Two Weeks On, Japan Deals with Nukes, Politics and Costs of Devastation

Two Weeks On, Japan Deals with Nukes, Politics and Costs of Devastation

In San Francisco on Mar. 24, 2011, Steve Vogel analyzes the effects of the March 11 disaster (and afterwards) on Japan's political culture. (4 min., 17 sec.)

SAN FRANCISCO, March 24, 2011 — Two weeks after northeastern Japan was struck by a massive earthquake and tsunami, the country is still reeling from its aftermath and an ongoing nuclear crisis, after explosions occurred at the damanged Fukushima Daiichi plant. Officials announced the death toll has now topped 10,000 and at least 17,400 people are still missing.

Experts gathered at Asia Society Northern California said they were cautiously optimistic about the next few days, but if the nuclear crisis worsens, they noted, Japan's path to recovery would be long and challenging.

Joonhong Ahn, a Japan-born professor of nuclear engineering at UC Berkeley, said the radiation levels had stabilized and that the worst may be over. But, he added, the implications of the crisis would force a "fundamental rethink" over Japan’s nuclear energy program. He went on to say, however, that a nuclear-free Japan would be unimaginable because the country lacks coal, oil, and natural gas reserves and has relied on nuclear plants to provide some 30 percent of electricity supply.

Even if conditions improved, Anh said it would be years before anyone would really know what happened inside the plant. After the Three Mile Island accident in the US in 1979, Ahn said, "we needed a decade to find out what happened."

Ando Chuji, a Colonel in the Japan Air Self-Defense Force, applauded the government's handling of the crisis. In marked contrast to the last major earthquake in Japan — in Kobe in 1995 — the government quickly approved the use of the Self Defense Force (SDF) for the disaster. Some 100,000 personnel — more than half of total forces — are now working on disaster relief and cleanup. Ando said that it took 10 minutes after the quake for the governor of Iwate prefecture to call the SDF for help.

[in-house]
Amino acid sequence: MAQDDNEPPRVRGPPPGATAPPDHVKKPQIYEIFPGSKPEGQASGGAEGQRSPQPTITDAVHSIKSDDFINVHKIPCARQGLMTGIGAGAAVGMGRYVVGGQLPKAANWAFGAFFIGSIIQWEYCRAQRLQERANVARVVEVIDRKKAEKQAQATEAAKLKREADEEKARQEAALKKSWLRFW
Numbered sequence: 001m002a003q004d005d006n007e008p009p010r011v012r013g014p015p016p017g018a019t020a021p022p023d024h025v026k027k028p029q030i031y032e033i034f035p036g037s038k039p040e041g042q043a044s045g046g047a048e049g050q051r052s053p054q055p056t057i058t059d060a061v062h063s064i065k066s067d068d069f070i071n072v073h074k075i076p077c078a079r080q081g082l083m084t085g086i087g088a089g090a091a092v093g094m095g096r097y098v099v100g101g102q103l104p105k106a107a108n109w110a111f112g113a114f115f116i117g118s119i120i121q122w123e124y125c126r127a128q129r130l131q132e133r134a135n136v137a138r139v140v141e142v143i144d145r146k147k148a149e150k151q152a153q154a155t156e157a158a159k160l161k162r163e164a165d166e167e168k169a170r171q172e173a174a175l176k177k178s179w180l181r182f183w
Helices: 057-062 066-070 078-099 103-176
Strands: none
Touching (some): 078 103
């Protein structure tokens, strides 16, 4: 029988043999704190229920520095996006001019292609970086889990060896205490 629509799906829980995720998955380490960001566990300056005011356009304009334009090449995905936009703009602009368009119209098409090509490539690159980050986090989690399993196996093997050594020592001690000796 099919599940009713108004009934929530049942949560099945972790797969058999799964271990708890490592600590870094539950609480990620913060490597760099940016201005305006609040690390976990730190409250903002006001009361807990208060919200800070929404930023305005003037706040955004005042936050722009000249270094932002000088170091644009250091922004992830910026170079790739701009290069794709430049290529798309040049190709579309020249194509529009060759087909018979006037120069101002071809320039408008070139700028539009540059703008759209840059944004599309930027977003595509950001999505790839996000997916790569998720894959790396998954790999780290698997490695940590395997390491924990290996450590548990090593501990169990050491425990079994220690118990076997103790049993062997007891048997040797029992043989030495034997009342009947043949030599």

For now, the crisis has rallied Japan's political leaders around the embattled Naoto Kan administration. The Democratic Party of Japan (DPJ) government controls only the Lower House in Parliament and, until the crisis, had considerable difficulty in passing legislation. But now, the main opposition party, the Liberal Democratic Party (LDP), has pledged cooperation on recovery-related bills and there is little talk of elections or a new Prime Minister.

While a number of observers see the crisis as Japan's breaking point, Berkeley political scientist Steven Vogel is more optimistic. He believes the crisis is more likely to unify and bring new purpose to the country, at least in the short-term. It will certainly drive "bolder and bigger thinking" at the top, said Vogel. "The question will be does Japan come up with the right solutions," he said.

Josh Harkinson of Mother Jones noted that the cleanup will cost at least $300 billion, making it the biggest disaster in human history. Perhaps 10 percent of that is covered by insurance, meaning that many Japanese will be left homeless. On the one hand, the cost is a huge burden for a country that already has the worst deficit among advanced countries. On the other, it will have a massive stimulus effect on the economy.

Harkinson said the crisis has also laid bare the problems with Japan's nuclear industry, including its history of cover ups, corner cutting, and cozy relations between the bureaucracy and the nuclear industry — just like we've seen in the US, he added.

March 25, 2011
by Shreeya Sinha